Mexican trans woman Alejandra Ortiz has been living undocumented in Amsterdam for years, unable to obtain a residence permit due to the Dutch immigration service’s (IND) policy of only granting status to refugees from countries deemed unsafe. Despite facing violence and persecution in Mexico, the IND has repeatedly rejected her requests for status, citing recent legalizations of LGBT rights as evidence that Mexico is safe. Ortiz’s autobiographical book (not yet translated) , De Waarheid Zal Me Bevrijden, offers a rare glimpse into the daily life of undocumented refugees and sheds light on the contradictions and futility of the Dutch migration system. Ortiz writes with an unsentimental and matter-of-fact tone, detailing her experiences of injustice and tragedy while also highlighting moments of love, humor, and friendship. Through her activism and her book, Ortiz hopes to improve the situation of trans refugees and expose the flaws of the migration system.
Ortiz highlights the contradictions and inefficiency of the Dutch migration system, the restricted and too simplistic categories into which the policy is split, the IND’s bureaucracy, and the brutality against refugees as well as regular Dutch residents. The truthful tone automatically becomes bitter ironic. Outside the asylum centre, white males in automobiles drive by, asking refugees for 10 euros for sex. Even the Dutch LGBTQ community can be a danger; according to reports, some immigrants are provided sanctuary by homosexual couples in exchange for forced sex. Ortiz does not spare herself either, as she recounts her poisonous preconceptions against Middle Eastern and African refugees.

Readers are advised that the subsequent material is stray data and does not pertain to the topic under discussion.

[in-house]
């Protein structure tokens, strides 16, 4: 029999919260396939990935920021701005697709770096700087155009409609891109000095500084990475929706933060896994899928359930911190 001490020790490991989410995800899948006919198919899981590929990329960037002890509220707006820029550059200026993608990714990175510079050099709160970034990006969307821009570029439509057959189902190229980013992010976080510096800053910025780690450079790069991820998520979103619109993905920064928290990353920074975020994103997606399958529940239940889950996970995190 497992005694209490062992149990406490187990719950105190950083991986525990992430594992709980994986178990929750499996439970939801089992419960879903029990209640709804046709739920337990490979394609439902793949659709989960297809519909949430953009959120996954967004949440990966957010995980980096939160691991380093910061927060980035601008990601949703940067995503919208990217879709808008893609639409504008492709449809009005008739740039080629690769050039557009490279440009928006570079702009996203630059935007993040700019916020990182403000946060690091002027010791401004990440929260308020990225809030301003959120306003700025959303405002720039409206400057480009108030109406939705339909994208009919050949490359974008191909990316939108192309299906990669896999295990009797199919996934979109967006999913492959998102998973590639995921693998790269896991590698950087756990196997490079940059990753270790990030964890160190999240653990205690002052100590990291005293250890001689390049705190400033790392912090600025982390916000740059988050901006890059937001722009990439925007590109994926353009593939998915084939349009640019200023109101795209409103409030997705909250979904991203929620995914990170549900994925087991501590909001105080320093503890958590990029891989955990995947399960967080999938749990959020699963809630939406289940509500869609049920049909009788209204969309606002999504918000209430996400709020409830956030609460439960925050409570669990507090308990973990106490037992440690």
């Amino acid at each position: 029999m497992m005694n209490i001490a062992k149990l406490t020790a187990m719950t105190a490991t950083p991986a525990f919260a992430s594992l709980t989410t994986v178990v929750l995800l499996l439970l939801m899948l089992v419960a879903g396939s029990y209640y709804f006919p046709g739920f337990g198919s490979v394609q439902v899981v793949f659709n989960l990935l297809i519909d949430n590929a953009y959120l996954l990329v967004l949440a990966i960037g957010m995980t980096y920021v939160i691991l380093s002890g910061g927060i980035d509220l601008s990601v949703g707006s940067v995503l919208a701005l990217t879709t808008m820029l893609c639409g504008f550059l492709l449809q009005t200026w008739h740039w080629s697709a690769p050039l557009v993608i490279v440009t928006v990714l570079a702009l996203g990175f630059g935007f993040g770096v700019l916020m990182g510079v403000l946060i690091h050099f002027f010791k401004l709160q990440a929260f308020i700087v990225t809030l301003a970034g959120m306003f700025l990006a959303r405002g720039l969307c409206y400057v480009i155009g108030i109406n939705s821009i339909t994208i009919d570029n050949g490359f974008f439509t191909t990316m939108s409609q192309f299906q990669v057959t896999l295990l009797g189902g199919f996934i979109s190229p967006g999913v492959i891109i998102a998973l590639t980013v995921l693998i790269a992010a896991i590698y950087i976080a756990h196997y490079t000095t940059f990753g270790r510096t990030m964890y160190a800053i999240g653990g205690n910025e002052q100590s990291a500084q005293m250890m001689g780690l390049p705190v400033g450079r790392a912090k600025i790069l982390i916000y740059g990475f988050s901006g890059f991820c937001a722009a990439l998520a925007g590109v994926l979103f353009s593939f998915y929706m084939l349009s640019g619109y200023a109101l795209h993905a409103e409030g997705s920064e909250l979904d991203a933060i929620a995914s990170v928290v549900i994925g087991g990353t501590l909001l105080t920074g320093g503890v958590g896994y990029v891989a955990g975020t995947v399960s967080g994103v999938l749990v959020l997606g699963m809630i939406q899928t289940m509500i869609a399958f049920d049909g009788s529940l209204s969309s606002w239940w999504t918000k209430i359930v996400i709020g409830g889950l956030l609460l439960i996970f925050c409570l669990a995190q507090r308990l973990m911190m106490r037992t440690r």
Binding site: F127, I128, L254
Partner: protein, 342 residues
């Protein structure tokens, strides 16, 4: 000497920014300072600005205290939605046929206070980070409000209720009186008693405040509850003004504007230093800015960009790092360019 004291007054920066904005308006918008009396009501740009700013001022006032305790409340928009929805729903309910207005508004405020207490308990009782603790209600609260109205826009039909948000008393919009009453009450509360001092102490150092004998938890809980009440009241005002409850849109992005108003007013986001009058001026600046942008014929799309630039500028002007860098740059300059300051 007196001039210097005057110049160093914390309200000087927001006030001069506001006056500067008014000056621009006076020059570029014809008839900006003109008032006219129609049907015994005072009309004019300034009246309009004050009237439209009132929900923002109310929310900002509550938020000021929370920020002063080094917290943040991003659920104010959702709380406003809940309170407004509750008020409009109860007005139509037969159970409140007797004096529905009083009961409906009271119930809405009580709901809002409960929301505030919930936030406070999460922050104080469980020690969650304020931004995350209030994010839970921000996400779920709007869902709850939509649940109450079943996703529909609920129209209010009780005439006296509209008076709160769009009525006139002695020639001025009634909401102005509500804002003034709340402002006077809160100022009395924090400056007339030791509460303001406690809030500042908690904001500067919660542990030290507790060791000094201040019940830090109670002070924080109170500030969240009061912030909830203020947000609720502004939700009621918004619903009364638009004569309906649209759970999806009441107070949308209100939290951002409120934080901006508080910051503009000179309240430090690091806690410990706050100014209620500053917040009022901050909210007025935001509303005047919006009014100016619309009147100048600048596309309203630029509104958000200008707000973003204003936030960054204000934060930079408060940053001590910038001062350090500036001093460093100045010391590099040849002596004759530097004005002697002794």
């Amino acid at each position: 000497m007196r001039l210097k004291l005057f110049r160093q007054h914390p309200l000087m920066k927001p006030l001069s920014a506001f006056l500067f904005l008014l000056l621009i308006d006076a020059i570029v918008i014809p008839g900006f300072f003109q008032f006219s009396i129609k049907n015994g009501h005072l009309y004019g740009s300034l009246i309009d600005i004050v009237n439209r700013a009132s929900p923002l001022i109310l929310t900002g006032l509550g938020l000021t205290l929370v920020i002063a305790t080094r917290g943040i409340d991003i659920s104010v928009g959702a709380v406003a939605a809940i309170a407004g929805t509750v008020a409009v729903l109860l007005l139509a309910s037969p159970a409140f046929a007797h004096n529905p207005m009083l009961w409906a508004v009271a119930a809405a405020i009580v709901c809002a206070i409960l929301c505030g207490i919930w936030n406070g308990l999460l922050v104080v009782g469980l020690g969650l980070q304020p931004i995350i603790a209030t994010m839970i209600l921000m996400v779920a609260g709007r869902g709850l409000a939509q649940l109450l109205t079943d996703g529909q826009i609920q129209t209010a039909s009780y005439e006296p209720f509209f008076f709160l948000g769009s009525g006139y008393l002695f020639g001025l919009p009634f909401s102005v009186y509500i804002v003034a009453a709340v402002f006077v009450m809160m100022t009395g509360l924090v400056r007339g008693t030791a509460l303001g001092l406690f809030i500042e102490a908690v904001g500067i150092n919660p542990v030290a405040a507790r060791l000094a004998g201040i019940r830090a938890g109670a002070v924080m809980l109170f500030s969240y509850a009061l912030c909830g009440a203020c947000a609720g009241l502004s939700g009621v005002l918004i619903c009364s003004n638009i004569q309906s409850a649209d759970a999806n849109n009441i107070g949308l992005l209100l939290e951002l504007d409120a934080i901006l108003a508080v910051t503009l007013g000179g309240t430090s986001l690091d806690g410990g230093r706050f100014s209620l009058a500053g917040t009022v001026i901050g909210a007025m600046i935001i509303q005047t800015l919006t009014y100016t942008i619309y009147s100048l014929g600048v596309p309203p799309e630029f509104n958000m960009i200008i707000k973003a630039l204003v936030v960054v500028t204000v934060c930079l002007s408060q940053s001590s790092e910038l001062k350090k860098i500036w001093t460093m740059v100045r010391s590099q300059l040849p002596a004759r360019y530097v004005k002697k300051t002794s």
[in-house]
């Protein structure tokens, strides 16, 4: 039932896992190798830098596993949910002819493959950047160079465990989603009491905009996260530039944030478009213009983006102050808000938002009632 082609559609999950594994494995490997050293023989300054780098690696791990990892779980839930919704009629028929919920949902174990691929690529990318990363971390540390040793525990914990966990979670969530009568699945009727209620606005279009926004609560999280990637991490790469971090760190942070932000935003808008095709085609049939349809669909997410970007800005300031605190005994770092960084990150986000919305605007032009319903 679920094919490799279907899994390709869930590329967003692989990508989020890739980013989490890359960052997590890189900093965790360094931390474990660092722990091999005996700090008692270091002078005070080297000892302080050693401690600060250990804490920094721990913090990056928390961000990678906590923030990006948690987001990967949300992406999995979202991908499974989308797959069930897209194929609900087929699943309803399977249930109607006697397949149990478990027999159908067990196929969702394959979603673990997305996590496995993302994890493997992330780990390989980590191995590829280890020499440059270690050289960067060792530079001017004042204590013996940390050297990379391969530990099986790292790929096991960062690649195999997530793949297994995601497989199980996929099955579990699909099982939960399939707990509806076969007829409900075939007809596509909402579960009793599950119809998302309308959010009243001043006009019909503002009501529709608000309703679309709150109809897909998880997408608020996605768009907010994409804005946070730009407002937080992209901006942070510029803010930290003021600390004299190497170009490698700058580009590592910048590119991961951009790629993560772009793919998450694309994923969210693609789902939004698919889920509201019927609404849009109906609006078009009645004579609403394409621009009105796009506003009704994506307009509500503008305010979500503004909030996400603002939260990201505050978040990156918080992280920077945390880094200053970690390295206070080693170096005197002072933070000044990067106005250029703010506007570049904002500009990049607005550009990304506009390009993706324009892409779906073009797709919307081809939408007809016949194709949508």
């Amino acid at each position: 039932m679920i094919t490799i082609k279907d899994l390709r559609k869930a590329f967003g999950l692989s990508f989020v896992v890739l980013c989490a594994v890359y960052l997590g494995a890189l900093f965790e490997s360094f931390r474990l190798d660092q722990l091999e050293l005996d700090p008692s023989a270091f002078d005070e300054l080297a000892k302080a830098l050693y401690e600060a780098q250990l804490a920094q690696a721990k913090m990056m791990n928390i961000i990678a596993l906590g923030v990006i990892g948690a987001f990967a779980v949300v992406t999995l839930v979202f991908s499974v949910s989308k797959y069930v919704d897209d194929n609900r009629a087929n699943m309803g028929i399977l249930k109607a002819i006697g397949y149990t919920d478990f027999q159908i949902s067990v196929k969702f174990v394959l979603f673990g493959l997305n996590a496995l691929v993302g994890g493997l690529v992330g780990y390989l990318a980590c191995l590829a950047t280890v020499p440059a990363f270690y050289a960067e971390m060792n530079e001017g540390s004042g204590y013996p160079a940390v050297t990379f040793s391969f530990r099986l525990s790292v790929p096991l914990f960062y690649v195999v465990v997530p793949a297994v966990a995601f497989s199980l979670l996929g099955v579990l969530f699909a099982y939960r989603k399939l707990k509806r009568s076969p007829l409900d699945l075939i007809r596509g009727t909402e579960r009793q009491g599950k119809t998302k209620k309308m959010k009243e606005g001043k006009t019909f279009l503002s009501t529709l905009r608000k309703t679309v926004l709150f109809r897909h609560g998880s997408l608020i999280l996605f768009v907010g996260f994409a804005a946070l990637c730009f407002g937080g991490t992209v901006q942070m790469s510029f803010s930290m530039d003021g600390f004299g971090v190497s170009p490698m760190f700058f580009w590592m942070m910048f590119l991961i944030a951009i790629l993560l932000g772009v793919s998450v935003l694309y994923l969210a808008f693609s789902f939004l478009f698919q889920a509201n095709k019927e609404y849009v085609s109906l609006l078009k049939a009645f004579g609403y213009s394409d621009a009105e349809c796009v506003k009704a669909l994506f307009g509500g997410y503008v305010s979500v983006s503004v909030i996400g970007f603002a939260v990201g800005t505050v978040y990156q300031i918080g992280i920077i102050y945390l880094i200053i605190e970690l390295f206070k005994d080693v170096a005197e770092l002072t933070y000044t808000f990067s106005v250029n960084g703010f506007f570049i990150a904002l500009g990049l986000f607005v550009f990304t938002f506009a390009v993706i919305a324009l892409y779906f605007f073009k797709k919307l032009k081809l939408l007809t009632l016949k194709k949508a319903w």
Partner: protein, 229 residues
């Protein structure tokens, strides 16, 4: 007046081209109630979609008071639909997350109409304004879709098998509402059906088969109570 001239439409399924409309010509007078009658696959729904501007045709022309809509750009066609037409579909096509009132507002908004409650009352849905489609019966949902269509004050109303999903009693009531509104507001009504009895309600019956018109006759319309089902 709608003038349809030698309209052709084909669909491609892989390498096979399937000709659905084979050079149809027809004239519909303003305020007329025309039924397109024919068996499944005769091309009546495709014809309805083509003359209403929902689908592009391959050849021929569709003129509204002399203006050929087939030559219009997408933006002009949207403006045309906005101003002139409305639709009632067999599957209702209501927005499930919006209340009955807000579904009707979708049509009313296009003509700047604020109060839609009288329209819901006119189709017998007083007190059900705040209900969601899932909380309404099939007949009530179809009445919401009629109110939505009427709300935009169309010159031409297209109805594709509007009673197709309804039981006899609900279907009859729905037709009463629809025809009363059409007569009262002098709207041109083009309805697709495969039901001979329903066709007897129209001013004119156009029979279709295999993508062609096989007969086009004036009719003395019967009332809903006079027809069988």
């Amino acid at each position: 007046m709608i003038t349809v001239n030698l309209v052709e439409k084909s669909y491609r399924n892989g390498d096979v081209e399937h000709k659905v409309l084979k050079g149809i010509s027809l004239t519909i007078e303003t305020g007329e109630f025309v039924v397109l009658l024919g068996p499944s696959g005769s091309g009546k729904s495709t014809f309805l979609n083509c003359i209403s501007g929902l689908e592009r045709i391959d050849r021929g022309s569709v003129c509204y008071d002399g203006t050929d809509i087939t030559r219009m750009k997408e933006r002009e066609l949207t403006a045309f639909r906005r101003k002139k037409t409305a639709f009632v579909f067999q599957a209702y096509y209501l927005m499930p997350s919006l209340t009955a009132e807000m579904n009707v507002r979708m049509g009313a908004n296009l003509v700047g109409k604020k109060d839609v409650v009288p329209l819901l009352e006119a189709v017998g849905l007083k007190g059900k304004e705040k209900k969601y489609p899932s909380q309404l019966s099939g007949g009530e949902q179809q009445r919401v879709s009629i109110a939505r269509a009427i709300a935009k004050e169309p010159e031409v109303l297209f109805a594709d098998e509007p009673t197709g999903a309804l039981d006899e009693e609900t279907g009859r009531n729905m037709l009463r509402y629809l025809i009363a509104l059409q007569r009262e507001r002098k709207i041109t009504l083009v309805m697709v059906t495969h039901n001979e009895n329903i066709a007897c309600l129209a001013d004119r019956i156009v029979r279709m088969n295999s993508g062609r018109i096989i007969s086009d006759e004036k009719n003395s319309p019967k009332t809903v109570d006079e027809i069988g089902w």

There are many humorous situations. Ortiz discovers love, humour, and companionship in unexpected places. She describes her crushes and sexual adventures in the camp in great detail. She also meets new people with whom she drinks coffee, cooks dinners, and gossips. Ortiz excels in describing a type of beautiful homeliness that one would not expect to find in a location like the asylum seekers’ shelter.
The camp serves as a “heterotopia,” a location with different laws than the rest of the world. Despite the fact that trans women are not always treated favorably, males wait in line for them. On demand, they cook, wash laundry, and perform oral sex. Perhaps there is something about the camp setting that makes it so easy for heterosexual guys to fall in love with trans women.”
Ortiz is currently establishing herself as an activist, participating in numerous LGBTQ+ groups and contributing to government reports. She may illustrate where things go wrong, which contradictions paralyze the different migratory bodies. She explains the IND’s irritating identity politics, as well as how the existing rules favor deception and punish honesty. As a record, the book mostly succeeds in maintaining refugees’ humanity. Perhaps that it is the truth that will set her free from an awful society.